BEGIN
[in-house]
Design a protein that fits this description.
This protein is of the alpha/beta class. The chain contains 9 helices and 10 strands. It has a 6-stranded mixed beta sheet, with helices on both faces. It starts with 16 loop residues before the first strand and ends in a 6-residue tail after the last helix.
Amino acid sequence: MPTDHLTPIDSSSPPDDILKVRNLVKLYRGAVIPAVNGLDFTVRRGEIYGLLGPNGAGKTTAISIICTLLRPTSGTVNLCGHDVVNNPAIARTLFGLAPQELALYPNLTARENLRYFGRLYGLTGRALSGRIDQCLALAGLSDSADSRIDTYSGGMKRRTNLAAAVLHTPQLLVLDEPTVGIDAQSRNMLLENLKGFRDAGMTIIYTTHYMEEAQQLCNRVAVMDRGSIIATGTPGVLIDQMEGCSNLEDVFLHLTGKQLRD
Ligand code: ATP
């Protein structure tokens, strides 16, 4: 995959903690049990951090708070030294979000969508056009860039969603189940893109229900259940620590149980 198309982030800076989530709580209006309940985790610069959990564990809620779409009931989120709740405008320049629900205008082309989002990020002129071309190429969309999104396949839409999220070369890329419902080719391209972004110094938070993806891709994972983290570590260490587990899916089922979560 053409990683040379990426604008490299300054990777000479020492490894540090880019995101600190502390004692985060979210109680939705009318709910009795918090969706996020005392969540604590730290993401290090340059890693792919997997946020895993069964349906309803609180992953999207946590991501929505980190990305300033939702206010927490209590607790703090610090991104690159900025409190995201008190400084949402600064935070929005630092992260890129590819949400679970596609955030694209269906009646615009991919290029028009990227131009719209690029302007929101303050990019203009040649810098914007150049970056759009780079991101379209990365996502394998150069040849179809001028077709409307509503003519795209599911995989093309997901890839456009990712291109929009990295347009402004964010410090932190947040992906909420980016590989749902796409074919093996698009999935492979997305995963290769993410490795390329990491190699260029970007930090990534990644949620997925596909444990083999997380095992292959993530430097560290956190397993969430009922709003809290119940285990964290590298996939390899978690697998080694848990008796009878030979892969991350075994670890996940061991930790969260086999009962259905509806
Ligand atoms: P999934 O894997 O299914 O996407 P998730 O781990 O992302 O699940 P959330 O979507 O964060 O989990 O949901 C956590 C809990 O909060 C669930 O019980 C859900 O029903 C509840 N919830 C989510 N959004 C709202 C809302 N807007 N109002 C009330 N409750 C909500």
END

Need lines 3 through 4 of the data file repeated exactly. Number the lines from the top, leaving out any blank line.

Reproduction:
This protein is of the alpha/beta class. The chain contains 9 helices and 10 strands. It has a 6-stranded mixed beta sheet, with helices on both faces. It starts with 16 loop residues before the first strand and ends in a 6-residue tail after the last helix.
Amino acid sequence: MPTDHLTPIDSSSPPDDILKVRNLVKLYRGAVIPAVNGLDFTVRRGEIYGLLGPNGAGKTTAISIICTLLRPTSGTVNLCGHDVVNNPAIARTLFGLAPQELALYPNLTARENLRYFGRLYGLTGRALSGRIDQCLALAGLSDSADSRIDTYSGGMKRRTNLAAAVLHTPQLLVLDEPTVGIDAQSRNMLLENLKGFRDAGMTIIYTTHYMEEAQQLCNRVAVMDRGSIIATGTPGVLIDQMEGCSNLEDVFLHLTGKQLRD